Arduino Introduction – Grant Johnson
For this week, we began working with Arduino’s and attachments, to make cool stuff and little robots. For my invention, I decided to create a fan that turns on when a certain temperature threshold is met, and turns off when that temperature goes back down. You may be thinking, “Wow, this sounds a lot like an A/C unit”. I would agree, but in some buildings and situations, I think it would be convenient to have a more personalizable, small-scale fan to keep the
area around you cool. I
also think this is something that could help out people that aren’t entirely mobile or have difficulty being mobile by allowing them to cool themselves off without the extra strain of having to get up.
Having some familiarity with Arduino’s definitely made this week’s lessons much easier to follow and understand and allowed me to be aware of the limitations and accessories that come with them. I started out by drawing a storyboard showing how my product would function and the problems it would solve — allowing people to stay cool without having to get up. To make this possible I essentially decided to attach some servos to some ‘hands’ (in my prototype, popsicle sticks), these hands are then connected to the Arduino, which is reading the local temperature on a digital thermometer. When the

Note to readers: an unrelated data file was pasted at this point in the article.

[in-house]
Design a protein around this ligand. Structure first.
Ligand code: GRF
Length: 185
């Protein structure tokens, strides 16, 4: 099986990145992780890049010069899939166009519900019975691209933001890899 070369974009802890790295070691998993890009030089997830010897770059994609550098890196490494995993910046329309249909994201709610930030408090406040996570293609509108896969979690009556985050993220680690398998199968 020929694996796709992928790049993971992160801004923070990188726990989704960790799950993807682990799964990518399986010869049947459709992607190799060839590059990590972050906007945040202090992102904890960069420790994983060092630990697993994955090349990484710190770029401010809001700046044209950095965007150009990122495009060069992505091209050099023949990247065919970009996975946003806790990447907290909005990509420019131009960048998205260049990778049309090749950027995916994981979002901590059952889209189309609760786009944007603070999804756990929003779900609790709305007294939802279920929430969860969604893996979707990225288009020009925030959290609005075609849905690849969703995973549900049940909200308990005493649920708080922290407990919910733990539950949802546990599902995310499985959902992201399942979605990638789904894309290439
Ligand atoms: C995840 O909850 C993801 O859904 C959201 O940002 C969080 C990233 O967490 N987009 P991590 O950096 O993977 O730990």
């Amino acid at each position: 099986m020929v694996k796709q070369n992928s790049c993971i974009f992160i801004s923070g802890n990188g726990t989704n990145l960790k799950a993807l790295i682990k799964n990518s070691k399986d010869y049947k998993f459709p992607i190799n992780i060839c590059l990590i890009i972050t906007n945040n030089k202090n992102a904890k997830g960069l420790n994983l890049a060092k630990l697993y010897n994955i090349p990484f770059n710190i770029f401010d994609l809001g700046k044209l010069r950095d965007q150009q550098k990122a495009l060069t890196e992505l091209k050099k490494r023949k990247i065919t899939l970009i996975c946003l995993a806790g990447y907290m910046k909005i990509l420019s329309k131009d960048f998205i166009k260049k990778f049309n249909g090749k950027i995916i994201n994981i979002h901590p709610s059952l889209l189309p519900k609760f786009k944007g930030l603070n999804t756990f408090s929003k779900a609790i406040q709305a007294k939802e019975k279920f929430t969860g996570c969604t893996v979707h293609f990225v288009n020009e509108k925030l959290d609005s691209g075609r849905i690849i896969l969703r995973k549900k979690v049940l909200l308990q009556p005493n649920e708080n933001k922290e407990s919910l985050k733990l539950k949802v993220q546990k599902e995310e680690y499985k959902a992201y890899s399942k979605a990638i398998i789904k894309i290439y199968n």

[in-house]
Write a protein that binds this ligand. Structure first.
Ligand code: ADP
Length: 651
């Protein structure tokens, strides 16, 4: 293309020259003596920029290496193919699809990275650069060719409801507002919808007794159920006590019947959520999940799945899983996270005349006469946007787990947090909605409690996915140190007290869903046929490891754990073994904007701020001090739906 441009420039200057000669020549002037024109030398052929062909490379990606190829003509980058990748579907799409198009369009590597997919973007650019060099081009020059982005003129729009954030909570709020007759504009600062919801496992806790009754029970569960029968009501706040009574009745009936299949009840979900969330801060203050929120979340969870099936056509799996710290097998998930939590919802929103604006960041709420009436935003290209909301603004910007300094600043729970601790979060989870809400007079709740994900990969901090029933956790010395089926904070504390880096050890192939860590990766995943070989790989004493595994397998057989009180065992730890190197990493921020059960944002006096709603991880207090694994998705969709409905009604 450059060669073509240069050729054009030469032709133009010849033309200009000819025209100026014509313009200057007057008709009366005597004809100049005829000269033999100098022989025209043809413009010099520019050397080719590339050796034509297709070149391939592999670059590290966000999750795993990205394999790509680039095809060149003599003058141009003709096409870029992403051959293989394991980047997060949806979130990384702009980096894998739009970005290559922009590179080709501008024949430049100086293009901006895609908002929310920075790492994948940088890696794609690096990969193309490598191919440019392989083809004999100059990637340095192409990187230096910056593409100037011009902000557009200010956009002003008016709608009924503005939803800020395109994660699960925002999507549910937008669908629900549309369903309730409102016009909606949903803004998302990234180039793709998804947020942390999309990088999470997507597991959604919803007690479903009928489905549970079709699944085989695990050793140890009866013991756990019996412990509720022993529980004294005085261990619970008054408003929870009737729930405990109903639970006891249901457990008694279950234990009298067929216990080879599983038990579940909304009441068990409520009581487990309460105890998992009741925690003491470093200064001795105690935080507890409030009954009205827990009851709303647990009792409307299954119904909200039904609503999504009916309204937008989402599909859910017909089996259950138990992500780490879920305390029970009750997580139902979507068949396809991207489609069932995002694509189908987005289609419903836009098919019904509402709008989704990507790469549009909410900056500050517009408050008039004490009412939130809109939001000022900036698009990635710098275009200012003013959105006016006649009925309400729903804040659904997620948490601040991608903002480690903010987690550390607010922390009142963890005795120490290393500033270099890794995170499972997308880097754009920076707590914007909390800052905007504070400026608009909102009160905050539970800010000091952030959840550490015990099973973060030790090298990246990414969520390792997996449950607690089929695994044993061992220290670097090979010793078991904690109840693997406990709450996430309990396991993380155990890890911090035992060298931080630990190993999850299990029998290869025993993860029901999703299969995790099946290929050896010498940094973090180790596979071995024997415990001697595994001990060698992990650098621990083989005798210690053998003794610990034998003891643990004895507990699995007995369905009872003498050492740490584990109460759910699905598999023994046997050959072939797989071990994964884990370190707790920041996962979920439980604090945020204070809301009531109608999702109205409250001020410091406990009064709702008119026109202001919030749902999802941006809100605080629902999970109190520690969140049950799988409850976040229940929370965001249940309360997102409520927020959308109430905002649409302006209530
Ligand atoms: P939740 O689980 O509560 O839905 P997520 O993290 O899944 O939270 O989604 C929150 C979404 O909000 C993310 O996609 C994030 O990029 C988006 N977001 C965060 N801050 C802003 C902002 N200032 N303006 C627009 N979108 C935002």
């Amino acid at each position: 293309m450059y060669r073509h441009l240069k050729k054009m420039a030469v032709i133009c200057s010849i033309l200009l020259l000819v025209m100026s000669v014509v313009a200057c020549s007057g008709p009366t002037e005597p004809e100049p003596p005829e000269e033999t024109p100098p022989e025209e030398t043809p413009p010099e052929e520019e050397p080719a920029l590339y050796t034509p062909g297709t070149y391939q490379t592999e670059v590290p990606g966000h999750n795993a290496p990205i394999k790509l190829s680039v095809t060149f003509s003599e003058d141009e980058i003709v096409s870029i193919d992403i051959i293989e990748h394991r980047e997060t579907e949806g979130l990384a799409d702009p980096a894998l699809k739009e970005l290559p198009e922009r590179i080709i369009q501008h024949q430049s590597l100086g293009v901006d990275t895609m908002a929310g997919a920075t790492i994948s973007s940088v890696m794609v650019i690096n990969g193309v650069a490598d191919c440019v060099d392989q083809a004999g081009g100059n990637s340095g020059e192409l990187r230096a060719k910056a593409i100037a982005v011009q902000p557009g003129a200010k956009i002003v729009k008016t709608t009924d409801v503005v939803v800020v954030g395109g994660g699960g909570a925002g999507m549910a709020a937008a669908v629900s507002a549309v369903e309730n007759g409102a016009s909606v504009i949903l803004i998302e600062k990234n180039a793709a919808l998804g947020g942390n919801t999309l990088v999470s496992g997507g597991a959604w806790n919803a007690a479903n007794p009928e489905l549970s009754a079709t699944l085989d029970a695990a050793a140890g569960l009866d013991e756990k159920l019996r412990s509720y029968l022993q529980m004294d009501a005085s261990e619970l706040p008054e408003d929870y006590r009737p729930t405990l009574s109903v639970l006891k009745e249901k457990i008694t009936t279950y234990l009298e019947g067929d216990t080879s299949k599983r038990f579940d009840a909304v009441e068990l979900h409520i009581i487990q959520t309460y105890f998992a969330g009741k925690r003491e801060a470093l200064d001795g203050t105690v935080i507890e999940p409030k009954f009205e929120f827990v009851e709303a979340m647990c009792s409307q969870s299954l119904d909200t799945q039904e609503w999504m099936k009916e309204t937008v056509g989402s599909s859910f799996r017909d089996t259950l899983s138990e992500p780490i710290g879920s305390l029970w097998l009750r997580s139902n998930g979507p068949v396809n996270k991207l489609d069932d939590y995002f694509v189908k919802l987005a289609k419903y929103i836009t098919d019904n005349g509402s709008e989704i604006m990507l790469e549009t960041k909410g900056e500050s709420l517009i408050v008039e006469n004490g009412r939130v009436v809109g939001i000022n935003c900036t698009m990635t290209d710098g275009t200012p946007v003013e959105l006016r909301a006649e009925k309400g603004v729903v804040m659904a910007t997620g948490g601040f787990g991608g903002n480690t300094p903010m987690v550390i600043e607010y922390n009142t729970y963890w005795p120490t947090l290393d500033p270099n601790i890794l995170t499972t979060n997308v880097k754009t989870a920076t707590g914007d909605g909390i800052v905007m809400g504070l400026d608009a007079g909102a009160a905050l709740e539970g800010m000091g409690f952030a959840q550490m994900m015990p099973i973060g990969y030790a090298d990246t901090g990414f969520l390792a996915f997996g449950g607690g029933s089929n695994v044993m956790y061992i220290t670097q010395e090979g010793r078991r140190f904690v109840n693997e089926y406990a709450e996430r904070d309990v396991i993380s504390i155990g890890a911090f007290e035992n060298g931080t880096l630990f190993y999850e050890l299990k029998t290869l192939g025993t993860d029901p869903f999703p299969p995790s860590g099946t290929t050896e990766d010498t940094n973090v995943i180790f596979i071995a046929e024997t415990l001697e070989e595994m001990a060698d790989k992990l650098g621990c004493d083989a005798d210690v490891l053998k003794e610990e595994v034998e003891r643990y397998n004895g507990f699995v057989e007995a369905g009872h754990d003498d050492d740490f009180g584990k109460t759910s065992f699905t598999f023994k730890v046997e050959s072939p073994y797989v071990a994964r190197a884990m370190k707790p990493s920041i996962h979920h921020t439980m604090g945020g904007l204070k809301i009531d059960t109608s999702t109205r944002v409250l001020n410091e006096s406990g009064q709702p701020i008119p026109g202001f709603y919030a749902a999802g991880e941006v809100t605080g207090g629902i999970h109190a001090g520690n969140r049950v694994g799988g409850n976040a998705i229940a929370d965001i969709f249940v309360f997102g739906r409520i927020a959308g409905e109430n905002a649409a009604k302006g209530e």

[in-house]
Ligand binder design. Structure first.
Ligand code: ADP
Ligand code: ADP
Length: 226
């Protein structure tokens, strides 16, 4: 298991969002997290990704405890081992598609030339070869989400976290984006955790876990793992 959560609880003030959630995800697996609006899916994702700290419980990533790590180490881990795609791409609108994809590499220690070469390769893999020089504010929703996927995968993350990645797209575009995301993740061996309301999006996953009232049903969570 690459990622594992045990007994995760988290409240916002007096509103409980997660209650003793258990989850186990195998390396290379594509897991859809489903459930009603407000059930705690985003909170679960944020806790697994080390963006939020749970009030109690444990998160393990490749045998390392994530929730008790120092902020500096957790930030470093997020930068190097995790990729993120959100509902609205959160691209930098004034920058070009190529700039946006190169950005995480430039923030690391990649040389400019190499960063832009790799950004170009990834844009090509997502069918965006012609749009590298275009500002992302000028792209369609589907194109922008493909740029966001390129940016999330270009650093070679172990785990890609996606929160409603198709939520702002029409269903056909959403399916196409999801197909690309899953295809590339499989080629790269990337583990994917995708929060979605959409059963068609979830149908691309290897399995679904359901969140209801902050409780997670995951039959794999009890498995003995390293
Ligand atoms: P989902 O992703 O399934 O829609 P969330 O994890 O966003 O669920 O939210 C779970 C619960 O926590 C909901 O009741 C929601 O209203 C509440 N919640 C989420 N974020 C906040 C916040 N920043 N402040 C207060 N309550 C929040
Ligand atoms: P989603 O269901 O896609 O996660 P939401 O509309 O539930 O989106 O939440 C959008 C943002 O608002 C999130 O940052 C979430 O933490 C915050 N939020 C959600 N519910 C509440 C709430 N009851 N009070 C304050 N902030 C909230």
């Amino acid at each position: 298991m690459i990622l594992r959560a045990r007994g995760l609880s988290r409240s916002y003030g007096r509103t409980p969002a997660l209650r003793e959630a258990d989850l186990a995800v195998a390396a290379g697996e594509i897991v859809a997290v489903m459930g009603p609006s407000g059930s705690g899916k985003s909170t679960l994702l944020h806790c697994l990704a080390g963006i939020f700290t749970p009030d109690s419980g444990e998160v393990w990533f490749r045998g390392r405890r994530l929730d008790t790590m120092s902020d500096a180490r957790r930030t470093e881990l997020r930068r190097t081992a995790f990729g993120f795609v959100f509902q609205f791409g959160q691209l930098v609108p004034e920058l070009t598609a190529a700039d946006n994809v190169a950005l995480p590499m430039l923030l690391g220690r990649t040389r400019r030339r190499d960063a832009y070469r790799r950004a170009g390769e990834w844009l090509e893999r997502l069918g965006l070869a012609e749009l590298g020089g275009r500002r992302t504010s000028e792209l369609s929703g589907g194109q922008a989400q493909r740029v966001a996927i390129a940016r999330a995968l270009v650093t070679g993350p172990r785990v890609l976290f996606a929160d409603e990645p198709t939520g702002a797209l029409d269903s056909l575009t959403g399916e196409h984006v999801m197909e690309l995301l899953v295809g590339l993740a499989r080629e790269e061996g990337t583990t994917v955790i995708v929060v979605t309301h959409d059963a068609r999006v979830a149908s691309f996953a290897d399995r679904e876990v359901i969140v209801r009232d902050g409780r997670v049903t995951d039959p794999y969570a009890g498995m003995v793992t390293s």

temperature threshold is met then the hands move to turn on the extension cord that the fan would be plugged into. When the temperature gets low enough again then it will turn the fan off. The only real challenge I experienced with this project was getting three different accessories to run off the Arduino at the same time. To solve this I simply took the wires and ran them through a breadboard to act as a type of ‘splitter’ for the wires
running into the power and grounding inputs on the Arduino. I then took the code for sweep and changed it some to work with two different servos running when different actions happen. I also created some simple loops for LEDs connected to Arduino’s during this week, which you can see in the attached video:
This project was a lot of fun and really gave me a lot of room to make a huge variety of
different prototypes that could do any number of things. A lot of what we learned in class really helped me know how to proceed, but it also helped that I had previous knowledge of how to work with Arduino’s (I’ve made a locomating little car). I feel like this assignment definitely helped me think of how to take my previous knowledge and expand it in a really creative way. I also really enjoyed seeing all the examples from Sara on different ways that Arduino’s could be integrated into things such as art experiences.
I really was excited to see the arms of my prototype move when different temperatures
were read from the thermometer, that was a really fun and cool part of the project. It was also interesting seeing all the different things that could be connected to Arduino’s that could be used in future projects! I can see myself coming back to Arduino/buying a kit for myself soon so I can make some more awesome stuff.